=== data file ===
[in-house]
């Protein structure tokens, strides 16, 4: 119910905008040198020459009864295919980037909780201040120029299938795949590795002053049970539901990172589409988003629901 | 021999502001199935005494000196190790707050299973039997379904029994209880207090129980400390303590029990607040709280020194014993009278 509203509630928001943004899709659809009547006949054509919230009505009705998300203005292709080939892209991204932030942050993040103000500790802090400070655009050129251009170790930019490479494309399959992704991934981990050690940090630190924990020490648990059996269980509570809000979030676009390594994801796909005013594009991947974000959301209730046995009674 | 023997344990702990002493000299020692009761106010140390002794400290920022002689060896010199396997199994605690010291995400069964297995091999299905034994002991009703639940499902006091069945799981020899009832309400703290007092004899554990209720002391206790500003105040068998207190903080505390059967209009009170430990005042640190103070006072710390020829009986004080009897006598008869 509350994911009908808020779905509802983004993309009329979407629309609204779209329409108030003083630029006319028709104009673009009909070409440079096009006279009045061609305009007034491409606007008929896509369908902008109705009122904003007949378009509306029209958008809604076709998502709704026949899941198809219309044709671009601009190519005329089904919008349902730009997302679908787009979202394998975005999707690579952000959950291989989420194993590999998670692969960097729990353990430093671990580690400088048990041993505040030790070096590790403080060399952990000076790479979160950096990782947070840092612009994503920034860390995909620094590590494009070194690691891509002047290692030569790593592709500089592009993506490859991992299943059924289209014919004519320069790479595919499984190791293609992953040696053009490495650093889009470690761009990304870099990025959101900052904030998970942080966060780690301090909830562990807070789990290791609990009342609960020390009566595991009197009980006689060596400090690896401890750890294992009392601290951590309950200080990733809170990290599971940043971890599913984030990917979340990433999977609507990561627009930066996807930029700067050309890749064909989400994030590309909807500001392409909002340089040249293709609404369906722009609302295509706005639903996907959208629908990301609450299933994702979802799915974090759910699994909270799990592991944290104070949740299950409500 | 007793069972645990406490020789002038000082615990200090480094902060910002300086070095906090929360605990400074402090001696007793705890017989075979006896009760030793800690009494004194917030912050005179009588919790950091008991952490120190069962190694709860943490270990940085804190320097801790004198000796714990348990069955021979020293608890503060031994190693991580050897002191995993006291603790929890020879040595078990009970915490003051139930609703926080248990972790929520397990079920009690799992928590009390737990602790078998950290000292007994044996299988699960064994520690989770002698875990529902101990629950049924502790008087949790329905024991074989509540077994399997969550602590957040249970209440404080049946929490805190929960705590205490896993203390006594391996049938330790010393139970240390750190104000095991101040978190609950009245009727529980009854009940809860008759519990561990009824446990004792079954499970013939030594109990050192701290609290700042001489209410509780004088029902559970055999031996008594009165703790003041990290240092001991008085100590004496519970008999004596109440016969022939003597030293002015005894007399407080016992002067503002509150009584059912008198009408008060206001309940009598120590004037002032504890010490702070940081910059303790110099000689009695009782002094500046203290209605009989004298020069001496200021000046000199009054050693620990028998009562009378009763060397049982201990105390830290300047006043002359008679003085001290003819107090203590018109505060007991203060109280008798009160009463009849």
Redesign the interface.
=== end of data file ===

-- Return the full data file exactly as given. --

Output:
[in-house]
């Protein structure tokens, strides 16, 4: 119910905008040198020459009864295919980037909780201040120029299938795949590795002053049970539901990172589409988003629901 | 021999502001199935005494000196190790707050299973039997379904029994209880207090129980400390303590029990607040709280020194014993009278 509203509630928001943004899709659809009547006949054509919230009505009705998300203005292709080939892209991204932030942050993040103000500790802090400070655009050129251009170790930019490479494309399959992704991934981990050690940090630190924990020490648990059996269980509570809000979030676009390594994801796909005013594009991947974000959301209730046995009674 | 023997344990702990002493000299020692009761106010140390002794400290920022002689060896010199396997199994605690010291995400069964297995091999299905034994002991009703639940499902006091069945799981020899009832309400703290007092004899554990209720002391206790500003105040068998207190903080505390059967209009009170430990005042640190103070006072710390020829009986004080009897006598008869 509350994911009908808020779905509802983004993309009329979407629309609204779209329409108030003083630029006319028709104009673009009909070409440079096009006279009045061609305009007034491409606007008929896509369908902008109705009122904003007949378009509306029209958008809604076709998502709704026949899941198809219309044709671009601009190519005329089904919008349902730009997302679908787009979202394998975005999707690579952000959950291989989420194993590999998670692969960097729990353990430093671990580690400088048990041993505040030790070096590790403080060399952990000076790479979160950096990782947070840092612009994503920034860390995909620094590590494009070194690691891509002047290692030569790593592709500089592009993506490859991992299943059924289209014919004519320069790479595919499984190791293609992953040696053009490495650093889009470690761009990304870099990025959101900052904030998970942080966060780690301090909830562990807070789990290791609990009342609960020390009566595991009197009980006689060596400090690896401890750890294992009392601290951590309950200080990733809170990290599971940043971890599913984030990917979340990433999977609507990561627009930066996807930029700067050309890749064909989400994030590309909807500001392409909002340089040249293709609404369906722009609302295509706005639903996907959208629908990301609450299933994702979802799915974090759910699994909270799990592991944290104070949740299950409500 | 007793069972645990406490020789002038000082615990200090480094902060910002300086070095906090929360605990400074402090001696007793705890017989075979006896009760030793800690009494004194917030912050005179009588919790950091008991952490120190069962190694709860943490270990940085804190320097801790004198000796714990348990069955021979020293608890503060031994190693991580050897002191995993006291603790929890020879040595078990009970915490003051139930609703926080248990972790929520397990079920009690799992928590009390737990602790078998950290000292007994044996299988699960064994520690989770002698875990529902101990629950049924502790008087949790329905024991074989509540077994399997969550602590957040249970209440404080049946929490805190929960705590205490896993203390006594391996049938330790010393139970240390750190104000095991101040978190609950009245009727529980009854009940809860008759519990561990009824446990004792079954499970013939030594109990050192701290609290700042001489209410509780004088029902559970055999031996008594009165703790003041990290240092001991008085100590004496519970008999004596109440016969022939003597030293002015005894007399407080016992002067503002509150009584059912008198009408008060206001309940009598120590004037002032504890010490702070940081910059303790110099000689009695009782002094500046203290209605009989004298020069001496200021000046000199009054050693620990028998009562009378009763060397049982201990105390830290300047006043002359008679003085001290003819107090203590018109505060007991203060109280008798009160009463009849």
Redesign the interface.